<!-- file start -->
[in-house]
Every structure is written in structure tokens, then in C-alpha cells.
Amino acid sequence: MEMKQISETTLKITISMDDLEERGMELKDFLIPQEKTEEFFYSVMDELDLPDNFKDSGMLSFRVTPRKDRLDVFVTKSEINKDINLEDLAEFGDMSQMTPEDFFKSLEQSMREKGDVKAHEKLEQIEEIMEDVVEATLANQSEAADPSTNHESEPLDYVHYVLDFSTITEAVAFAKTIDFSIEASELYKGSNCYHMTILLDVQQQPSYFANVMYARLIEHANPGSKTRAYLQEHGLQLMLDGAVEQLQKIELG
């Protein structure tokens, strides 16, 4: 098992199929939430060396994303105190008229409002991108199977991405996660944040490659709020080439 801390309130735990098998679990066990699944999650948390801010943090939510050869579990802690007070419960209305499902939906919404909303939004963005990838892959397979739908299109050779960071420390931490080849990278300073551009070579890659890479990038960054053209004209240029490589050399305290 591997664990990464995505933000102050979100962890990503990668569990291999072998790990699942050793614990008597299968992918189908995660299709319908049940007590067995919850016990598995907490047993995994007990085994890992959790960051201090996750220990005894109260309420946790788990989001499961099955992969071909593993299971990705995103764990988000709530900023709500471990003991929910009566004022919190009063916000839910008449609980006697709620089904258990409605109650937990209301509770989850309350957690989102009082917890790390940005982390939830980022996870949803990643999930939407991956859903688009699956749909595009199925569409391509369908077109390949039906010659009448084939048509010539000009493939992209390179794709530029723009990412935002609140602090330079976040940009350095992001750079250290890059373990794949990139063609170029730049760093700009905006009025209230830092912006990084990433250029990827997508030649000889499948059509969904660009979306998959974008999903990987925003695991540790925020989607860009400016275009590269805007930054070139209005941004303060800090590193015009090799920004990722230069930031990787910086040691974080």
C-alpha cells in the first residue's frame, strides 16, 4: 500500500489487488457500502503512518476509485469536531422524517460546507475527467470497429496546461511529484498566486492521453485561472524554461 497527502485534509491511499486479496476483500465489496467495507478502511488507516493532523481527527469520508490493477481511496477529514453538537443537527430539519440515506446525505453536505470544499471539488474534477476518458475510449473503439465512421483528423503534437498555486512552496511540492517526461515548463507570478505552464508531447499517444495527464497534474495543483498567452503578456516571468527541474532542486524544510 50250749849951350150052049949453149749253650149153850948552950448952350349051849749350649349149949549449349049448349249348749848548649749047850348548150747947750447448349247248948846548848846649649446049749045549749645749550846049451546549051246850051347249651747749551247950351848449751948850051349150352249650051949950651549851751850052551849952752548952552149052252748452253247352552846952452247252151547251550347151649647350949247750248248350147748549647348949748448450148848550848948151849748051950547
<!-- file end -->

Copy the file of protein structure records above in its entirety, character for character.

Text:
[in-house]
Every structure is written in structure tokens, then in C-alpha cells.
Amino acid sequence: MEMKQISETTLKITISMDDLEERGMELKDFLIPQEKTEEFFYSVMDELDLPDNFKDSGMLSFRVTPRKDRLDVFVTKSEINKDINLEDLAEFGDMSQMTPEDFFKSLEQSMREKGDVKAHEKLEQIEEIMEDVVEATLANQSEAADPSTNHESEPLDYVHYVLDFSTITEAVAFAKTIDFSIEASELYKGSNCYHMTILLDVQQQPSYFANVMYARLIEHANPGSKTRAYLQEHGLQLMLDGAVEQLQKIELG
């Protein structure tokens, strides 16, 4: 098992199929939430060396994303105190008229409002991108199977991405996660944040490659709020080439 801390309130735990098998679990066990699944999650948390801010943090939510050869579990802690007070419960209305499902939906919404909303939004963005990838892959397979739908299109050779960071420390931490080849990278300073551009070579890659890479990038960054053209004209240029490589050399305290 591997664990990464995505933000102050979100962890990503990668569990291999072998790990699942050793614990008597299968992918189908995660299709319908049940007590067995919850016990598995907490047993995994007990085994890992959790960051201090996750220990005894109260309420946790788990989001499961099955992969071909593993299971990705995103764990988000709530900023709500471990003991929910009566004022919190009063916000839910008449609980006697709620089904258990409605109650937990209301509770989850309350957690989102009082917890790390940005982390939830980022996870949803990643999930939407991956859903688009699956749909595009199925569409391509369908077109390949039906010659009448084939048509010539000009493939992209390179794709530029723009990412935002609140602090330079976040940009350095992001750079250290890059373990794949990139063609170029730049760093700009905006009025209230830092912006990084990433250029990827997508030649000889499948059509969904660009979306998959974008999903990987925003695991540790925020989607860009400016275009590269805007930054070139209005941004303060800090590193015009090799920004990722230069930031990787910086040691974080």
C-alpha cells in the first residue's frame, strides 16, 4: 500500500489487488457500502503512518476509485469536531422524517460546507475527467470497429496546461511529484498566486492521453485561472524554461 497527502485534509491511499486479496476483500465489496467495507478502511488507516493532523481527527469520508490493477481511496477529514453538537443537527430539519440515506446525505453536505470544499471539488474534477476518458475510449473503439465512421483528423503534437498555486512552496511540492517526461515548463507570478505552464508531447499517444495527464497534474495543483498567452503578456516571468527541474532542486524544510 50250749849951350150052049949453149749253650149153850948552950448952350349051849749350649349149949549449349049448349249348749848548649749047850348548150747947750447448349247248948846548848846649649446049749045549749645749550846049451546549051246850051347249651747749551247950351848449751948850051349150352249650051949950651549851751850052551849952752548952552149052252748452253247352552846952452247252151547251550347151649647350949247750248248350147748549647348949748448450148848550848948151849748051950547